Miramax takes new approach to Cannes

Mipcom 2011

Nine months after Filmyard’s Ron Tutor, Tom Barrack and Qatar Holding dislodged Miramax from the Disney mothership, the 25-year-old company will enjoy something of a coming-out party at this year’s Mipcom.

The one-time minimajor, which dropped “Films” from its name as part of its reinvention, plans to use its first Mipcom to make good on a promise to fully exploit its catalog of nearly 800 films that have amassed 280 Oscar noms, including four of the past 15 best pictures.

“Our goal … is to exploit (the library) in every market in the world that we can,” says Miramax CEO Mike Lang, a former News Corp. exec who was instrumental in bringing MySpace into the News Corp. fold as well as launching Hulu.

“With all due respect to Disney, our sense was the library just wasn’t being exploited in every type of distribution platform either, everything from TV channels to physical media. Our mandate was just get it out there to potential buyers.”

Despite the reeling global economy, such sellers as Miramax are anticipating a robust market in Cannes, with Turkey, Brazil and England expected to be among the most active territories. Furthermore, there are more pay TV channels, digital opportunities and cash-flush consumers in emerging markets than before.

At the same time, the Miramax library has matured, and rights have reverted back to the company. A Mipcom presence became critical, given that there are a number of key rights to Miramax movies available in major territories. Such titles as “The English Patient” and “The Talented Mr. Ripley” hold particular appeal to Euro auds.

“Television and digital platforms are live animals that require constant feeding,” says Joe Patrick, senior VP and head of domestic television and digital sales at Miramax. “The economic climate changes, but the need for programming doesn’t.”

Lang, who will present a keynote address, is particularly bullish on the digital sphere, where his team will hawk such titles as “No Country for Old Men,” “Reservoir Dogs” and “Muriel’s Wedding.” In fact, Miramax has already made rumblings in the digital space, inking a recent deal with Netflix in Latin America that brings the company’s diverse catalog to users’ TVs, computers and mobile phones.

“Our goal is to get this library into circulation,” says Patrick, an MGM alum and Mipcom regular who sees this year’s market as an opportunity for Miramax to build direct sales relationships with broadcasters and digital platforms around the world. “A lot of it was underserved. There are Mipcom clients that are saying, ‘Hey, we’ve have never had access to these (films).’ We’ve got quite a big job on our hands just focusing on this catalog.”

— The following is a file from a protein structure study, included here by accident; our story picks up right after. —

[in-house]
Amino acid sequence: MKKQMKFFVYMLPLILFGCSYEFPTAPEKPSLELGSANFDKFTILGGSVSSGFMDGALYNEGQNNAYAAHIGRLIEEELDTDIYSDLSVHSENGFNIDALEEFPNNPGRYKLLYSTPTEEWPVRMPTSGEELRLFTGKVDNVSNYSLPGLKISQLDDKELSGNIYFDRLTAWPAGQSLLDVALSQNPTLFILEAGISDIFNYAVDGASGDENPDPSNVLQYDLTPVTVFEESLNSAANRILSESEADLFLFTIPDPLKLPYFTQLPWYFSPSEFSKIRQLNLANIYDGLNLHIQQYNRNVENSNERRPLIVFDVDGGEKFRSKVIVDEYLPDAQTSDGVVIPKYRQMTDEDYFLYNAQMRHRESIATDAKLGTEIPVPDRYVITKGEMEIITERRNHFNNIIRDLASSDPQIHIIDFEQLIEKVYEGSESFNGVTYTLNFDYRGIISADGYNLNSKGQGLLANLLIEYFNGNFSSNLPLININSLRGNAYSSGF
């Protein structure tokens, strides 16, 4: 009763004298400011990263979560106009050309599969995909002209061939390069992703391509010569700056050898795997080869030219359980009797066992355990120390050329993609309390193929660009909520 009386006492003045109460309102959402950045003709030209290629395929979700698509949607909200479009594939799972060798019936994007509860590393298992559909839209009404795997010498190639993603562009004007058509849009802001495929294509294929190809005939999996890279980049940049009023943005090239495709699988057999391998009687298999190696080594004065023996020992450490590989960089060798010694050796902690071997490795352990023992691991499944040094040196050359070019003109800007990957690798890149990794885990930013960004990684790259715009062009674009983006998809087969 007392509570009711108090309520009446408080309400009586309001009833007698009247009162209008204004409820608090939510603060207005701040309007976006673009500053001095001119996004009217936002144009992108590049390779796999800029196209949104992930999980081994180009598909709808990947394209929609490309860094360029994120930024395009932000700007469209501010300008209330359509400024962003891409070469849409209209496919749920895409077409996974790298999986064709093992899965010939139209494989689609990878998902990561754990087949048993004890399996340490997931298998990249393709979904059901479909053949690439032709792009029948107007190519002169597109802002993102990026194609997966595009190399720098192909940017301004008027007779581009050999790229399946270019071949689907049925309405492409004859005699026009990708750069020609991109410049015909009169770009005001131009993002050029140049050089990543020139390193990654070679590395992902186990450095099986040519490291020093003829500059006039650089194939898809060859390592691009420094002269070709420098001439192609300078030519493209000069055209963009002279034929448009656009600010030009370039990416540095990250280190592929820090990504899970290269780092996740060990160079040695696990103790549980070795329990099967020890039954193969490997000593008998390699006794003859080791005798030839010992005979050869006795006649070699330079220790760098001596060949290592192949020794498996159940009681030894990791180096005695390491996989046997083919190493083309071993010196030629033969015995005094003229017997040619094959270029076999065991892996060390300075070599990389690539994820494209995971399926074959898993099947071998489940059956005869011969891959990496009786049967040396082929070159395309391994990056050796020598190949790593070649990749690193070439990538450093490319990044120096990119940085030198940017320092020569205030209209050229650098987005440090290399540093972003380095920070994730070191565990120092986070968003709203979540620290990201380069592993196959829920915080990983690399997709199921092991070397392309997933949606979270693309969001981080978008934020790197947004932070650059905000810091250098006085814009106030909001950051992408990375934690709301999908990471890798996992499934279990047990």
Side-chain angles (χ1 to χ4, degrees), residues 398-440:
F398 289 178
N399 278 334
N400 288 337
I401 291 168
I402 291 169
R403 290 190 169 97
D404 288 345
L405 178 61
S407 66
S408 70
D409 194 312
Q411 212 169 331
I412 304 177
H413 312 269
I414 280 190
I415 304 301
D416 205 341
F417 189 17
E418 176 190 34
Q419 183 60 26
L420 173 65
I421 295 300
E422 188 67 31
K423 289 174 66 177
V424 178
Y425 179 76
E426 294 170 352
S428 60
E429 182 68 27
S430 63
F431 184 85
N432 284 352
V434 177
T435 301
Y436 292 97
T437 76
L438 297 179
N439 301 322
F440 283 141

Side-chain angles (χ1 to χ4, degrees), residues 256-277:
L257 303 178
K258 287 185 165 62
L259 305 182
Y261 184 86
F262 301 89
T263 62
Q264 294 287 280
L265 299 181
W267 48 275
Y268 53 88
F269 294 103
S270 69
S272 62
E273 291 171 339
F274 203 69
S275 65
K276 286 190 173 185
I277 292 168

But how long will Miramax brass be content to simply mine its library? The iconic brand founded by Bob and Harvey Weinstein, which is synonymous with auteurs and edge, seems ripe for a new creative push. But Lang, who has hinted in the past that he would like to create quality original programming on par with such skeins as “Mad Men” and “Breaking Bad,” says not so fast.

“We have so much going on with 755 films, we don’t really need 756 right now,” Lang says. “There will be a point where we will need more new content, but that really hasn’t happened. It’s still a bit early for us. We’ve met with more than 500 potential TV and digital buyers, and not one has ever said, ‘If you guys just got some new content, we’d love to do a deal with you.’ There may come a day when it comes up.”

And when the time comes for Miramax to venture into original content, the company will likely start with the 600-plus film and TV projects in development that it inherited as part of the acquisition. Lang says the company is developing partnerships to bring some of those dormant projects to life, particularly on the TV side.

“We don’t have the bandwidth or the resources to put out seven to 10 new releases a year, plus exploit our library,” he says, leader of the 50-plus staff, whose top sales execs are scattered around the globe. “What we are doing first is building relationships with the international community. Once that’s in place, we’ll do more original content.”

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